Modern Guilt

(Interscope; 2008)

By Conrad Amenta | 11 July 2008

Poor, poor Beck. At times saddled with an expectation for an almost Dylanesque (yeah, I used it) insight into the cultural zeitgeist—in his case a penchant for offhand observation, genre-hopping, and well-read eccentricity—each of his releases is viewed through the muddied glasses of a generational cartoon character. It’s a character made desperate by the realization that the limited power afforded the consumer act is rendered all the more miniscule by the notion that it’s all been done, little is worth downloading let alone buying, and the canon is to be viewed with the suspicion and disgust of a privileged hipster’s lofty position. Like Björk, even when at his most staid the songwriter’s personality is treated as placeholder for his music, a type of non-commitment from listeners and critics alike to hold him too liable for even his most earnest output. Each new album is treated to possess, or sit in the shadows of, pre-established, capital-R relevance that simultaneously excuses Beck’s artistic missteps and whitewashes his most refreshing accomplishments.

And yet Beck’s succeeded at expanding to such diverse and contentious territories as appropriated Brazilian, electro-pop, sad-sack breakup records, and what might be the nineties’ party experience. Once saying that a kid needs to learn how to use a box of crayons before learning to paint, Beck was articulating his paradigmatic mastery of the Fundamentals. Even if we don’t hold him to his music, behind the pockless portrayal of generational insouciance we can know, if we try, that he, if no one else, holds his aesthetic wanderings to the accountability of near-preternatural songwriting mechanics. Modern Guilt, his tenth (!) album, is his most reigned yet, despite the fact that he’s yet again reinvented himself. And here we thought that Beck had discovered the premier dynamic to be switching between understated acoustic confessional and wild, inventive-to-border-on-silly electronics.

That at this point the popular depiction of Beck is so quickly made a paper tiger may be unsurprising, given that Guero (2005) and The Information (2006) constitute a relative aimlessness, a loss of focus, a convergence of forms the return of which the listener is most immediately cognizant of on Modern Guilt. The album’s excesses, few that they are, are subsequent to the songs’ stripped meanness. Replace the Dust Brothers with Danger Mouse; hear the despondency in place of the “Debra”s (and one of the album’s first set of lines, “Thinking I’m standing but I don’t know where / Got this diamond that don’t know how to shine” and “we could learn how to freeze ourselves alive / we could learn to leave these burdens to burn,” will do nothing to dispel the tendency of some critics to assign Beck’s malaise a generational quality); recognize the hybridization of distinctly modern production with conspicuously traditional melodies. On a conceptual level, Modern Guilt accommodates every narrative thrust of Beck as a songwriter and as a good old-fashioned human being, but to do so would be to roundly miss the point.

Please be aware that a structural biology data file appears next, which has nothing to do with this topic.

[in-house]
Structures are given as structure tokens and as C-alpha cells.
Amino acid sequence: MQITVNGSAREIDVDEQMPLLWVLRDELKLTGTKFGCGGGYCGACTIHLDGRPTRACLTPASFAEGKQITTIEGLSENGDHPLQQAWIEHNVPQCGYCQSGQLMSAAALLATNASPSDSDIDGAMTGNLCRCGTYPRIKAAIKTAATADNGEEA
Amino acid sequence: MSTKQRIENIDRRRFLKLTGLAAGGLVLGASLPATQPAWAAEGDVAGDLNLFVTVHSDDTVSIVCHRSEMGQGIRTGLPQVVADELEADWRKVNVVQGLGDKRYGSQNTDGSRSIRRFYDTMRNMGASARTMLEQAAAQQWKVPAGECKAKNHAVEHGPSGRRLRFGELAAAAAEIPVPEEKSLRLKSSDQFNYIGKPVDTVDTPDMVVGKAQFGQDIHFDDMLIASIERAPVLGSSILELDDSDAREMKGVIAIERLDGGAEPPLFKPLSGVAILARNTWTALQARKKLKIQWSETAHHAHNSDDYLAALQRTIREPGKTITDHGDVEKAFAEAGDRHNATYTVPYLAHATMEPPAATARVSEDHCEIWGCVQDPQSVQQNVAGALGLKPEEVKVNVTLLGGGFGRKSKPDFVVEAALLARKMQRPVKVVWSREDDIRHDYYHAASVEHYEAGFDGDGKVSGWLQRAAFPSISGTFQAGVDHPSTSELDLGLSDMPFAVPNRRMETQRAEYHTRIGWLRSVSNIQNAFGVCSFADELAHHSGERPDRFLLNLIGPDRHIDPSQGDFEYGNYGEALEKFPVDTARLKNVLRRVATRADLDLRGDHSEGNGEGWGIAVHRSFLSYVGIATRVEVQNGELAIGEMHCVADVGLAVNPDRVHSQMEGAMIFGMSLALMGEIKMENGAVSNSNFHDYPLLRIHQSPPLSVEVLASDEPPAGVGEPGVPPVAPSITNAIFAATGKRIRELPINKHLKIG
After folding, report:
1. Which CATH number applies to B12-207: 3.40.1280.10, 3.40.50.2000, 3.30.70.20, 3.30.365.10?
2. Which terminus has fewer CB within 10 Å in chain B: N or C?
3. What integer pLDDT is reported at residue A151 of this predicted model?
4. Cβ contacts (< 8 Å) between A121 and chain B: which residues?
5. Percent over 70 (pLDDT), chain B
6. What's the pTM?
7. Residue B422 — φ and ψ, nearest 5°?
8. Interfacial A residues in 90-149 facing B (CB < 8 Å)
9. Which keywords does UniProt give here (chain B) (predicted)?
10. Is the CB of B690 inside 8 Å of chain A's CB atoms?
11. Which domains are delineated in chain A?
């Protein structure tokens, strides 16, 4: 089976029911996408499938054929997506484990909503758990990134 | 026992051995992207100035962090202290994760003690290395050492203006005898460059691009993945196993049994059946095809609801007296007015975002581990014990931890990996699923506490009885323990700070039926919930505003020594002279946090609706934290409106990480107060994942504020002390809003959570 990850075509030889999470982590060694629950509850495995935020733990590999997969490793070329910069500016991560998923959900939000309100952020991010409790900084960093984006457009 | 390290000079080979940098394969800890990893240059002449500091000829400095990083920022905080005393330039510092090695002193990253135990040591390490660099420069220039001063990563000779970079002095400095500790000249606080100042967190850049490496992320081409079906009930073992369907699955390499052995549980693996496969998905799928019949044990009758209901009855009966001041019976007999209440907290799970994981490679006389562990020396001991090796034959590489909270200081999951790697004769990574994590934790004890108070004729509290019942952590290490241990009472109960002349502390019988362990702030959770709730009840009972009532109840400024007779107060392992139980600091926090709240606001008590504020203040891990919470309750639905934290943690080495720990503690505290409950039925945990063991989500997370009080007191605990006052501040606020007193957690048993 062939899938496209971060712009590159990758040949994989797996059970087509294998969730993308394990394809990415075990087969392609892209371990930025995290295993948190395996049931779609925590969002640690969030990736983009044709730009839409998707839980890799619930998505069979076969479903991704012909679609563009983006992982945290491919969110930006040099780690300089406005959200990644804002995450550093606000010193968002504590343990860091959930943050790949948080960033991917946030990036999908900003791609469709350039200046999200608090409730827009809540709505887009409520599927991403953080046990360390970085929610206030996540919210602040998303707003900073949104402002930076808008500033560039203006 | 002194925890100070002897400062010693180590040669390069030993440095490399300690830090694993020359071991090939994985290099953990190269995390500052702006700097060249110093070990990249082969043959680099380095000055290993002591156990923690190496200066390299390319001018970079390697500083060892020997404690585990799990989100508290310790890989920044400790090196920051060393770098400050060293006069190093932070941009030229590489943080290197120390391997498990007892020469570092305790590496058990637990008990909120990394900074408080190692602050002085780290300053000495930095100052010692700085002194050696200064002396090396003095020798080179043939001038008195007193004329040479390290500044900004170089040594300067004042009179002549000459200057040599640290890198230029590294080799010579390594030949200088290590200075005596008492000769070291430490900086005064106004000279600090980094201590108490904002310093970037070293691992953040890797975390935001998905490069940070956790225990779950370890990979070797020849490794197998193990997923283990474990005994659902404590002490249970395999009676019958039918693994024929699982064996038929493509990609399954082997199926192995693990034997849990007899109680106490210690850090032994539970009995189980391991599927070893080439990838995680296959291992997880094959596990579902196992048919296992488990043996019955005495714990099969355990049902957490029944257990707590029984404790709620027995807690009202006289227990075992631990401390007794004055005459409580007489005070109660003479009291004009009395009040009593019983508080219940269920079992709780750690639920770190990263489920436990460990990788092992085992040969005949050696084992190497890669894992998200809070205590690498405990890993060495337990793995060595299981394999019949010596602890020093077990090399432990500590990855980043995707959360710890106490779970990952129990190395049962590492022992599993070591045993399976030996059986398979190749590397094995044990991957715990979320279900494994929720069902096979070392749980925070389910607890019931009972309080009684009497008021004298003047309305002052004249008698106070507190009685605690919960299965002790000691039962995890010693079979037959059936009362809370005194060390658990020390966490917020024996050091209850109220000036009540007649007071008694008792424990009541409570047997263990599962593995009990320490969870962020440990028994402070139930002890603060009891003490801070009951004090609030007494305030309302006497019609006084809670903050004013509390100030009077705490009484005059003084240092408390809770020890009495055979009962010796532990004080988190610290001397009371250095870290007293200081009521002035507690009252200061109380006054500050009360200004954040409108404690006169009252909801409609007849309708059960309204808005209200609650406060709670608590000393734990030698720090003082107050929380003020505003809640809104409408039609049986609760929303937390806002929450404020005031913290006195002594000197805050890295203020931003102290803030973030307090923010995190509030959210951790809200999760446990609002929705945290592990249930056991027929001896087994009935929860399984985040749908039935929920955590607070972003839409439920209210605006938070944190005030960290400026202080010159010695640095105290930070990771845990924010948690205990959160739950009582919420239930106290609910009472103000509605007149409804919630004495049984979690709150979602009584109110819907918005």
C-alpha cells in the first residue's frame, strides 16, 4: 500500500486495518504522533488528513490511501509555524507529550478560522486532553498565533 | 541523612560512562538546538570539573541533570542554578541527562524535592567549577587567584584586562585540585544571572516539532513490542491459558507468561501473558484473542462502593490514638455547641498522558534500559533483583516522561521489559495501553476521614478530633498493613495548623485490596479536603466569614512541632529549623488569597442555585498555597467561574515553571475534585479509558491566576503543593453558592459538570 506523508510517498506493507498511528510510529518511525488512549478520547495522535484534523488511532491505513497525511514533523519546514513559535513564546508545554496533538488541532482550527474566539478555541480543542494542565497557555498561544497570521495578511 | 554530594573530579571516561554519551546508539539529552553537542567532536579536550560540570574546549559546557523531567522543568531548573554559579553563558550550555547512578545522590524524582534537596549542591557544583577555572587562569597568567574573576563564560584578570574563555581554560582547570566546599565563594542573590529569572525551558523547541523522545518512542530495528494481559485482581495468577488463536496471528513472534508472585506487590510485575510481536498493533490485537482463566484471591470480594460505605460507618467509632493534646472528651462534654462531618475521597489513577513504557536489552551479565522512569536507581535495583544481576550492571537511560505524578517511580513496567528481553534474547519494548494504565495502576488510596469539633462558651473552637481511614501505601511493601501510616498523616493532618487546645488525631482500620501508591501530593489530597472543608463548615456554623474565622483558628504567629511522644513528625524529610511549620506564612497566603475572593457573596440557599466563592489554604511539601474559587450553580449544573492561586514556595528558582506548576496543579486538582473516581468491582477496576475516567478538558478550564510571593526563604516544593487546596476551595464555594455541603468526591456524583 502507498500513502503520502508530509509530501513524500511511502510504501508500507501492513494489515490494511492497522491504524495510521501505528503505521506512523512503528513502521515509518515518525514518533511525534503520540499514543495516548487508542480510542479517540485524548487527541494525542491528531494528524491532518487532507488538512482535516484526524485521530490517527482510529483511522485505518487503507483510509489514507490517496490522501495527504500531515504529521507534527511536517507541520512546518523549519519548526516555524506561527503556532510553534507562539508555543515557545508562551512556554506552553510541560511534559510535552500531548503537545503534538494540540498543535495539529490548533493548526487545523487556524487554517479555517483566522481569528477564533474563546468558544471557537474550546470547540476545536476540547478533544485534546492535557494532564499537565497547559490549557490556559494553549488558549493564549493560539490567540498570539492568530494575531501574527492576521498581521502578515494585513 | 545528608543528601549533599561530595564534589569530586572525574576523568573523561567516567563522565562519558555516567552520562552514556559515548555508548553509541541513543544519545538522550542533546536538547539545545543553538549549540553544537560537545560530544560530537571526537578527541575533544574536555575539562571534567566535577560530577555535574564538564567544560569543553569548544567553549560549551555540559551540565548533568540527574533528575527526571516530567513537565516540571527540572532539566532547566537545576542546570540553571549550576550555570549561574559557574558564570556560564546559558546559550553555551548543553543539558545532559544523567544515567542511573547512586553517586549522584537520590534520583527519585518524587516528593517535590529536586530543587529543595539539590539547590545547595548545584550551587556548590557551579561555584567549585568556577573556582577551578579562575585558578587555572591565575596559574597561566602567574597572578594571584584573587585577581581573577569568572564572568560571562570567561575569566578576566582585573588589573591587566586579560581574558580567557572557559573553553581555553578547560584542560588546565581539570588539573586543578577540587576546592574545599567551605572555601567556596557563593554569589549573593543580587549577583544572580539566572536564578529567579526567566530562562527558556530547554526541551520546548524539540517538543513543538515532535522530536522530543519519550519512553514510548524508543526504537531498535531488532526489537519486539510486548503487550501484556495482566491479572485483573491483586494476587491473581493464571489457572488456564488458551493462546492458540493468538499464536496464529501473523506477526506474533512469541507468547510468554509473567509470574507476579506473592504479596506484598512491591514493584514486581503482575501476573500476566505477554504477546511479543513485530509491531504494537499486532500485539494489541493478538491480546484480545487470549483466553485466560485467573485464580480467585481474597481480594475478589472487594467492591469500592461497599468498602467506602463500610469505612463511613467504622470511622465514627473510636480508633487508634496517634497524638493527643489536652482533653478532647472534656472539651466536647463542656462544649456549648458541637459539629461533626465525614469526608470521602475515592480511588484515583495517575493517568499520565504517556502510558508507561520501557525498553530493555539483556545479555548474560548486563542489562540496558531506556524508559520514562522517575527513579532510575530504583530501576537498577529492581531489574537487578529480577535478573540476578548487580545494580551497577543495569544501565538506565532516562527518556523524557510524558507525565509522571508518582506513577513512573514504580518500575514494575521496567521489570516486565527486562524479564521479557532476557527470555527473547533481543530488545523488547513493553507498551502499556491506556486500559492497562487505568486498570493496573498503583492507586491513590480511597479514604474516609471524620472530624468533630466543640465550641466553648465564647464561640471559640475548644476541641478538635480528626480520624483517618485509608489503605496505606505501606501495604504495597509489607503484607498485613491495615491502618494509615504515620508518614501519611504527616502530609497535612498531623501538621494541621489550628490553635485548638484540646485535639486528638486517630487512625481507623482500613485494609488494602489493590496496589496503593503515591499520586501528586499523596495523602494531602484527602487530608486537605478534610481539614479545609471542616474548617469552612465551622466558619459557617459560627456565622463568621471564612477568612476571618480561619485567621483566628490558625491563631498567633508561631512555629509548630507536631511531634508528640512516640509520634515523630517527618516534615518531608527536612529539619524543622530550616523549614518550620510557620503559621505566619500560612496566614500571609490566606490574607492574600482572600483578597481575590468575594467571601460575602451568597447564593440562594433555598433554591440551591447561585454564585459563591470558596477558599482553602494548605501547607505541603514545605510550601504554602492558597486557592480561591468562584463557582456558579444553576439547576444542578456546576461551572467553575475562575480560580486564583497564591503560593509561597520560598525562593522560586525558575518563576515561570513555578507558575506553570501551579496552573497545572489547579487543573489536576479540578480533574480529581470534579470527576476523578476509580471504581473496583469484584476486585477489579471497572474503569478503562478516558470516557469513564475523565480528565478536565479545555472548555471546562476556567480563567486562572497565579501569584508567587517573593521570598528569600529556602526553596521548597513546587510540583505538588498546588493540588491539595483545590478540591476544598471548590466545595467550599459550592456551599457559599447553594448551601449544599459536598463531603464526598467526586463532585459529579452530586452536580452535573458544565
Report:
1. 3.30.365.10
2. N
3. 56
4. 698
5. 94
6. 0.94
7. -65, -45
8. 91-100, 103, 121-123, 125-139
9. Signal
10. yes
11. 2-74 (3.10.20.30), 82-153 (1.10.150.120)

The fact I’m trying to get at is that at least half of this album isn’t just the best set of music Beck’s put out in a long, long time, but some of the best music that will come out this year. I’ve had a playlist of the inspired jam “Chemtrails,” the impeccably layered “Replica,” the effortless and perfect title track, the catching chug “Youthless,” and the finesse of “Walls” on repeat since the album leaked. This scoped union is an apologist’s gesture, given, but albums don’t come exclusive to implacable formats anymore. Modern Guilt, perhaps truer to its title than even it intended, should be treated with all the ideological apparatus one employs to understand processed meat, and should be divorced from the expectation of fairytale celebrations put forth in the desire for newfound clarity. I’ve even seen some suggest that this album, which is about as lyrically deflated as Beck gets, is “political.” All I can say about this supposedly Situationist cry-to-arms is that it’s mildly disappointed at the situation us Western kids find ourselves in at best and thoroughly defeated by it at worst. None of this makes the music any less enjoyable to listen to. The concept of a modern type of guilt is probably supposed to imply the effortlessly achievable comfort and depressed humility with which much of the album is sung. Perhaps ironically, the best way to enjoy Modern Guilt is with blinders on to this sort of temporal perspective.

The album lists where it attempts to pull itself from the floor and assess the view through the window. “Gamma Ray” lazily cycles through its uninspired arrangement, making it an ideal first single, and “Soul of a Man,” during which Beck makes his clearest attempt at conviction, is the only truly awful song here. Alternatively, “Chemtrails” is instantaneous for its bewildered honesty, its childlike refrain of “So many people / Where do they go?” positing a new state of already-wounded wonder where mysteries are less appealing when “all I can see are boats sinking.” Return to the title track, where Beck’s unforced melodiousness despite his flat-voiced character synthesizes the song’s, and album’s, trounced feel: “I feel uptight when I walk in the city / I feel so cold when I’m at home / feels like everything’s starting to hurt me.” Those waiting for a “and therefore” will be left hanging, as appropriately unfulfilled as this depersonalized version of Beck, where sadness is not the cause of a breakup, or a mistake, but as axiomatic as one’s reflection in a dirty mirror.

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